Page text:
Milk without a moo

The real threat to New Zealand dairy is from alternatives in the business-to-business ingredients industry, the very same market NZ dairy thrives in. By Elaine Fisher.

Alternative dairy, especially produced from precision fermentation, represents a significant risk to the New Zealand dairy industry and should not be overlooked, believes Anna Benny, a South Otago dairy farmer and food technologist.

“I truly believe our dairy industry has the strength to weather this disruption, but to do so successfully requires a shift in mindset and strategy from multiple angles, the scale of which will be hugely challenging to most. It’s a shift that is mostly being overlooked,” she writes in her Kellogg Rural Leadership report “Milk Without a Moo. What’s the Risk to the New Zealand Dairy Industry?”

Anna believes the threat does not come from plant-based alternative milk products such as oat and soya milk.

“New Zealand only exports a small amount of liquid milk. The real threat is from alternatives aiming to disrupt the business-to-business ingredients industry, the very same market that New Zealand dairy currently thrives in.”

Alternative protein, sometimes called lab-grown, cultured or synthetic food is the threat.

“It would be easy to dismiss as a phenomenon that will happen elsewhere, and won’t affect pasture raised, free-range, high-quality products from New Zealand. Having researched this topic for a year, I do not believe this is the case.”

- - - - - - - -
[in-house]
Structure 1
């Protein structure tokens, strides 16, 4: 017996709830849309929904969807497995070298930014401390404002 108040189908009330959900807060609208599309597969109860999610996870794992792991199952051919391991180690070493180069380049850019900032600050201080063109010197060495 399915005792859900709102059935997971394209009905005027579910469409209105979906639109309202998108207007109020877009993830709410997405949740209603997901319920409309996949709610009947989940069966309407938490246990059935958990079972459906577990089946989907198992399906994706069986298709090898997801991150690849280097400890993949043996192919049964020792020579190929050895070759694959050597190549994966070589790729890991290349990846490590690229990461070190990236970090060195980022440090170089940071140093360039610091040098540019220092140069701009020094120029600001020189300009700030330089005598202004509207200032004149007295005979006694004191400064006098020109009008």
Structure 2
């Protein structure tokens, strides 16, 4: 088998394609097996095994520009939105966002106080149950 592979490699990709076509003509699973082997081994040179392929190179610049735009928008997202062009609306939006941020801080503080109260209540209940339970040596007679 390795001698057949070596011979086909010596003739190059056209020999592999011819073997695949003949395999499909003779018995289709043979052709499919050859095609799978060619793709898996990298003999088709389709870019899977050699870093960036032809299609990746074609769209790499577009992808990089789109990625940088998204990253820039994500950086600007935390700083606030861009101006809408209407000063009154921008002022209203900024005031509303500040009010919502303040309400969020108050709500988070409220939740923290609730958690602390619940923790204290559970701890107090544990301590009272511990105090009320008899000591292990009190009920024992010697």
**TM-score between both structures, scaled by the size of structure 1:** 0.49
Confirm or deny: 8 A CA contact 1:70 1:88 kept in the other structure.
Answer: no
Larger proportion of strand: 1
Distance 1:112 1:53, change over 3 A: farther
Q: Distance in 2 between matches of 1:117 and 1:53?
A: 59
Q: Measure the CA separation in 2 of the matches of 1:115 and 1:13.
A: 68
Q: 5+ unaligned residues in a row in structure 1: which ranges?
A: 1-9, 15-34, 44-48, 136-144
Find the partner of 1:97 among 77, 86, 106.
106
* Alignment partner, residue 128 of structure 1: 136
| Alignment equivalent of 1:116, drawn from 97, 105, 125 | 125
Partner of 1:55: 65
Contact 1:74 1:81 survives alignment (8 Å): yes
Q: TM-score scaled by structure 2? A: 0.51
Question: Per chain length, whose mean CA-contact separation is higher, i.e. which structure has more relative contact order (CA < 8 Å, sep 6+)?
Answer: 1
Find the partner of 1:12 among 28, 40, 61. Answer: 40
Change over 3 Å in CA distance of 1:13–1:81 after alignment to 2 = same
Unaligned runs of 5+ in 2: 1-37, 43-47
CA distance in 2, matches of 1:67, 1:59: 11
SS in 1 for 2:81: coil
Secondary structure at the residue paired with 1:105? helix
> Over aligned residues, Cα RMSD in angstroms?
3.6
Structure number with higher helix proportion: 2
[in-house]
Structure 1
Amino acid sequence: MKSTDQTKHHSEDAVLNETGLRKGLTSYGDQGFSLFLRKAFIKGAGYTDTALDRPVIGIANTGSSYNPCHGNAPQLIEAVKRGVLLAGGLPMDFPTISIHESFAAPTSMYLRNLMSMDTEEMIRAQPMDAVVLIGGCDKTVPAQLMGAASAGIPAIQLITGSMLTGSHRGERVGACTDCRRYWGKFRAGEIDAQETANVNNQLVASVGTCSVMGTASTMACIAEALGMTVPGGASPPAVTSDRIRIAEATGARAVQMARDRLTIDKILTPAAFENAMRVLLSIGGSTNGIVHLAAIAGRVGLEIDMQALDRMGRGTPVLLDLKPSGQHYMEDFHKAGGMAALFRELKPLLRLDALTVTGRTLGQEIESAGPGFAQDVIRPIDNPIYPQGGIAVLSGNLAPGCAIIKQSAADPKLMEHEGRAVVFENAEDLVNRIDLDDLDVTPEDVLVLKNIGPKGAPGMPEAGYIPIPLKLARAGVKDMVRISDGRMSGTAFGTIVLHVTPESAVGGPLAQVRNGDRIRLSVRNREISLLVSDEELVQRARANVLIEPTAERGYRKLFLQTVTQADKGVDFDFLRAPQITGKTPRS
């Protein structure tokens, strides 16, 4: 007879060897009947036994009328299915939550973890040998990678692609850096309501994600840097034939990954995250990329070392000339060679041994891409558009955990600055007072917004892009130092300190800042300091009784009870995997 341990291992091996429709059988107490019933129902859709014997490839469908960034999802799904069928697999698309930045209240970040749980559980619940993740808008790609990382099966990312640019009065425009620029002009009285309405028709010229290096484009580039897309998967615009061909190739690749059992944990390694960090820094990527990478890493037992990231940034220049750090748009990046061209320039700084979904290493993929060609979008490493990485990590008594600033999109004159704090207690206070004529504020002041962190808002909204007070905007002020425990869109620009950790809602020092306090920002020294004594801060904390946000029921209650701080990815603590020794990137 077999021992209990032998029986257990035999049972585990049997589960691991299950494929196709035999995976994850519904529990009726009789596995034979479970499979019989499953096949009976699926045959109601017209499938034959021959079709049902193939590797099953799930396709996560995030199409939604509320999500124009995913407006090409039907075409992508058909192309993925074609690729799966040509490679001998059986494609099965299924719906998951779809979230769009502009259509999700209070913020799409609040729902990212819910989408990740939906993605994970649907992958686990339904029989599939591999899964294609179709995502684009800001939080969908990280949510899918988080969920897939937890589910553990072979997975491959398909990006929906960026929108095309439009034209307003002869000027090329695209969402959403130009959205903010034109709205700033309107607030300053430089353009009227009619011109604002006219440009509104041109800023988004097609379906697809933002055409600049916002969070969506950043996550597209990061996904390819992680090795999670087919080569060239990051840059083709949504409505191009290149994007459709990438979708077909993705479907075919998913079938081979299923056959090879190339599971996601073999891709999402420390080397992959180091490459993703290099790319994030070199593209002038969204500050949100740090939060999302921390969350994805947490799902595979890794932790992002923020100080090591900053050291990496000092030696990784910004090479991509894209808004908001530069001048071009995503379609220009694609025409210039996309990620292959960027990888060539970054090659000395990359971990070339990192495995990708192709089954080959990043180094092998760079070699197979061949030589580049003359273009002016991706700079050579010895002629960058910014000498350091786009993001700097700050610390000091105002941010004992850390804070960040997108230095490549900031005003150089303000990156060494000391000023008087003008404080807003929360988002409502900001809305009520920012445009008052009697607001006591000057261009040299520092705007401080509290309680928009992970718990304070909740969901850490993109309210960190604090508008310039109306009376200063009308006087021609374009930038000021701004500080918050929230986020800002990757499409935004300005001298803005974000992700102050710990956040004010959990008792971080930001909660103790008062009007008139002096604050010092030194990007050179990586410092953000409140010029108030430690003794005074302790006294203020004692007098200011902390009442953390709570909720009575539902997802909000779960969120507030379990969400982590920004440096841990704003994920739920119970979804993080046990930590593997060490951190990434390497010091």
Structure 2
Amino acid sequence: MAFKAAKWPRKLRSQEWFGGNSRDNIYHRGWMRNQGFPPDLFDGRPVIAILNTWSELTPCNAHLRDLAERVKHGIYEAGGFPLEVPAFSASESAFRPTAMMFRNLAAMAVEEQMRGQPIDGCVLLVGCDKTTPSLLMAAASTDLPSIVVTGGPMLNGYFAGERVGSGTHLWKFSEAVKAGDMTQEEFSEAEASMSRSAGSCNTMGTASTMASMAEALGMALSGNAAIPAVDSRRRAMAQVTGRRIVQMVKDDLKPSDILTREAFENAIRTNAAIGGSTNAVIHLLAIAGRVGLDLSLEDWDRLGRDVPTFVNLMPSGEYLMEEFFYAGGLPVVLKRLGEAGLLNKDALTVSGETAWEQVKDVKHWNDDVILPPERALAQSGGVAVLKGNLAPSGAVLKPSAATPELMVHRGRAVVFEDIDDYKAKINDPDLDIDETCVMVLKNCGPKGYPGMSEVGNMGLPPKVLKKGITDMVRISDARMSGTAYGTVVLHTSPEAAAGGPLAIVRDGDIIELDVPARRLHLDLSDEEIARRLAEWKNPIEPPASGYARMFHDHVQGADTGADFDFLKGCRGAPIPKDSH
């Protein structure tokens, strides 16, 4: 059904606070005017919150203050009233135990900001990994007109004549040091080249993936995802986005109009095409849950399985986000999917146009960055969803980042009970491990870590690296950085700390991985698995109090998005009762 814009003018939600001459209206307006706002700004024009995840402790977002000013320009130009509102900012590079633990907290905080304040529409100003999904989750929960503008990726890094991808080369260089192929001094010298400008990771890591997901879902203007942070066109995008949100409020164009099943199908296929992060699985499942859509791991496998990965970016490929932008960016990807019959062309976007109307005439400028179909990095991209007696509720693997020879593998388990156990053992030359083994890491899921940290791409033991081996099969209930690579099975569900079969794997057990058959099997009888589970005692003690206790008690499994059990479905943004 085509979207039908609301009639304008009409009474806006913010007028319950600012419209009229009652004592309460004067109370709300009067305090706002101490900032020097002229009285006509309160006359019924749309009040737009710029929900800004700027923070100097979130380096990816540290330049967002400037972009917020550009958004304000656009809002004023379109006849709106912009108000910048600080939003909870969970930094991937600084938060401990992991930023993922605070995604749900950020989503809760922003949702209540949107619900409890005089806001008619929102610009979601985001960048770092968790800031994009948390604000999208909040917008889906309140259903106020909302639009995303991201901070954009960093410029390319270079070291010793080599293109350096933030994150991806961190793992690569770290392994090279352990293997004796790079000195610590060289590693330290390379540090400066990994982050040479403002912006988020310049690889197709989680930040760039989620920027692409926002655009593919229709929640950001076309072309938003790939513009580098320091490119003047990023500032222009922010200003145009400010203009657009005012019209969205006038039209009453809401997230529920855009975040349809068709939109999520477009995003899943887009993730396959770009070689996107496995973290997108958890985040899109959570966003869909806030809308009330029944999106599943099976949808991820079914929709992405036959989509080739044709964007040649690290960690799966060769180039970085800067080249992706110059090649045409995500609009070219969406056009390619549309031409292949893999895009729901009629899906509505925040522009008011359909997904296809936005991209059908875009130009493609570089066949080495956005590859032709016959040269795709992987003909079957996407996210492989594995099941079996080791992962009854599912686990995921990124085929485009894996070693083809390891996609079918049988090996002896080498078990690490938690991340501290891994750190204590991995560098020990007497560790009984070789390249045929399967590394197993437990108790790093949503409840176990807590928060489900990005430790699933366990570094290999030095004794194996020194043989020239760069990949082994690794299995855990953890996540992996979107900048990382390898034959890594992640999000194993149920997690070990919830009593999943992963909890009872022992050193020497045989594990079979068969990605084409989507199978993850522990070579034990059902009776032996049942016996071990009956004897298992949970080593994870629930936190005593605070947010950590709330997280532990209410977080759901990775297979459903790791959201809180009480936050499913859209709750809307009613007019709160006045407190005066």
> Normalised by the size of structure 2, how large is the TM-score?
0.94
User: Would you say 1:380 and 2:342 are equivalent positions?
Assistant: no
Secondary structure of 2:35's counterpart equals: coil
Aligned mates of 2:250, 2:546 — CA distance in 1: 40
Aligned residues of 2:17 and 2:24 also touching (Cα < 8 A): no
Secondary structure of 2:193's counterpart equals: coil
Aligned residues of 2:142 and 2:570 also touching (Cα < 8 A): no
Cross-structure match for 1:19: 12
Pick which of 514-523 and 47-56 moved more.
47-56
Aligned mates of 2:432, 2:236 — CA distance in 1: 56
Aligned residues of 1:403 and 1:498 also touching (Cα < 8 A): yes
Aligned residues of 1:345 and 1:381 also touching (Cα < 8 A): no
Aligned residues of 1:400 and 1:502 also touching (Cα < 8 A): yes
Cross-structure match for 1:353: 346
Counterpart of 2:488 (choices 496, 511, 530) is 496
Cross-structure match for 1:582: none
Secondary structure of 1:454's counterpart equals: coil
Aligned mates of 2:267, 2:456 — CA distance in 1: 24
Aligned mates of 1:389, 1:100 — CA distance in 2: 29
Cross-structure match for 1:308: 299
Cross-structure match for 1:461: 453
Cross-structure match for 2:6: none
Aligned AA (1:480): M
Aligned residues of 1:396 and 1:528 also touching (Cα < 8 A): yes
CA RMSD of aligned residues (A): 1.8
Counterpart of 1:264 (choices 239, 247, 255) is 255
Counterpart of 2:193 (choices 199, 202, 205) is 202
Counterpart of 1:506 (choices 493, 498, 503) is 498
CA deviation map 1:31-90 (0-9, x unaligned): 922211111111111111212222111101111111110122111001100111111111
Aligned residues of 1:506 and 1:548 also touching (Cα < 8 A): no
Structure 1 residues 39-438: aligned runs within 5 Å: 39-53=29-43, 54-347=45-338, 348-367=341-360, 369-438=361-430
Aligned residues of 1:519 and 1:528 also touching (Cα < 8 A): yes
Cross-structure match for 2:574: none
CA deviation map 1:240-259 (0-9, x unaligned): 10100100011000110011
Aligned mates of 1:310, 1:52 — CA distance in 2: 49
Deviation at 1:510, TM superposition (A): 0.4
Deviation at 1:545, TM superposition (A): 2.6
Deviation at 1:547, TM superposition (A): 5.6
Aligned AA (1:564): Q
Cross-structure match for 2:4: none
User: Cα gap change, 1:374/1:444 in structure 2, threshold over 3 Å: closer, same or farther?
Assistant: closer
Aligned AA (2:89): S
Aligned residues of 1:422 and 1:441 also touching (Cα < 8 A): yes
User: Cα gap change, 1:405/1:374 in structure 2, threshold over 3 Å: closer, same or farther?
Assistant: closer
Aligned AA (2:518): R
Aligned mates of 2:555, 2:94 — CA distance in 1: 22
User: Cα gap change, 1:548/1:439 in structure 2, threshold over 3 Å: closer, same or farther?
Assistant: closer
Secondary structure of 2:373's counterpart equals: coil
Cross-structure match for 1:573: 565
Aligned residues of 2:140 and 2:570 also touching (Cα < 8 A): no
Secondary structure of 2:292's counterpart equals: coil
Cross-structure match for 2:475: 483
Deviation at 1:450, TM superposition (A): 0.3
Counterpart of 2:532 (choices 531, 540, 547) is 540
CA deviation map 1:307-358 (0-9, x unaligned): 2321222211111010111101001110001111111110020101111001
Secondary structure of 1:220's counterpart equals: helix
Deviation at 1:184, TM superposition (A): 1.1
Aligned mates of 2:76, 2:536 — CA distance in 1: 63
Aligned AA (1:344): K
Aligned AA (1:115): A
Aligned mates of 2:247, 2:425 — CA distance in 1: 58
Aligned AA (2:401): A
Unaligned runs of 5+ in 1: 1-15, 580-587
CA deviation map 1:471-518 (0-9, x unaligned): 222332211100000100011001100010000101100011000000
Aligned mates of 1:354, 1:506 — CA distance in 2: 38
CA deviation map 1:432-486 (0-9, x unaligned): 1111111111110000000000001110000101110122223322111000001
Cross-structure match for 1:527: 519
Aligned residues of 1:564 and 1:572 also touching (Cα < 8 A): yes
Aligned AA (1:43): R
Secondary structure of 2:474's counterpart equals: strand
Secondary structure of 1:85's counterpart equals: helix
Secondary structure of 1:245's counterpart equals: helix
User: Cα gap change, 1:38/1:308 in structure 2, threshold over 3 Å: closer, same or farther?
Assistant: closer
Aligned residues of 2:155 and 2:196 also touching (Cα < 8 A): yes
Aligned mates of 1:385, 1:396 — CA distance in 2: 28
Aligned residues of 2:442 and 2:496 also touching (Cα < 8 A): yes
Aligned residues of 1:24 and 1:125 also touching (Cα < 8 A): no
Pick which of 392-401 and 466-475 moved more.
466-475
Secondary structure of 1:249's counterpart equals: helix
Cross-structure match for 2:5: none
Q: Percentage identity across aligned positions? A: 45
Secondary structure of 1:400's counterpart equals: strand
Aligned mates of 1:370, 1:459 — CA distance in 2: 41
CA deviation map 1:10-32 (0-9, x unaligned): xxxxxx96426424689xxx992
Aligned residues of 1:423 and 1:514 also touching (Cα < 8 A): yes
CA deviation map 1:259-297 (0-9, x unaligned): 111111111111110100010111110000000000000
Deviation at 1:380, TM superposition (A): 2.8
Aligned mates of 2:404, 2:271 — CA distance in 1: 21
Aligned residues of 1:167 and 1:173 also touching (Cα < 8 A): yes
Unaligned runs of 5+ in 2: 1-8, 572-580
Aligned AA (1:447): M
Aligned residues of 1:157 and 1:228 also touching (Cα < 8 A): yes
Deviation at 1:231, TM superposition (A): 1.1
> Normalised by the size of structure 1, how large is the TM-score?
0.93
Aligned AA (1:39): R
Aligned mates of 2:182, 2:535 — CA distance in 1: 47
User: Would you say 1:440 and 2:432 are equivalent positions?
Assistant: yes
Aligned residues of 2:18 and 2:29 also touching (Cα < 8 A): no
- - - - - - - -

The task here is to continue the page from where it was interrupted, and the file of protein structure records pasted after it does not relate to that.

Among the reasons for that belief, Anna told Dairy Exporter, is that commodity products which are the core business for the NZ dairy industry, are also those most easy to replicate, using precision fermentation technology.

“Advanced economies that New Zealand tends to compare itself with are moving rapidly, investing in research via partnerships between government, research institutions and industry. New Zealand risks being left behind.”

Unlike the threats to the meat industry from plant protein, driven largely by consumer demand, the move to create alternative dairy ingredients is mainly industry or government-led.

“When dairy products become ingredients in processed food items, they are treated as commodities, comparable with the same product specification (ie: milk powder) made all over the world and competing only on price. They lose their origin story which is what New Zealand prides itself on.

“It’s not consumers who buy the 25kg bags of Fonterra milk powder and they don’t value the fact that the milk powder in their processed food such as a chocolate bar is made with New Zealand milk powder, so any competitive story associated with New Zealand is lost.”

Financial backing for the development of advanced precision fermentation by governments concerned about food security, including China, and large multi-nationals, takes away the usual market forces of success or failure, meaning, Anna believes, the new technology is likely to be commercially viable and at scale, within 10 years.

While NZ dairy farmers pride themselves on producing high-quality, low-carbon milk from pasture-fed cows, most of their milk ends up as milk powder or anhydrous milk fat products for the manufacturing industry. It was her work as a food technologist that took Anna to large dairy factories and the realisation of exactly what the milk farmers so proudly produce, ends up as.

“New Zealand dairy exports are mostly used as ingredients in other foods. New Zealand is the largest dairy exporter in the world, growing from $2 billion of exports to $20 billion in just 30 years.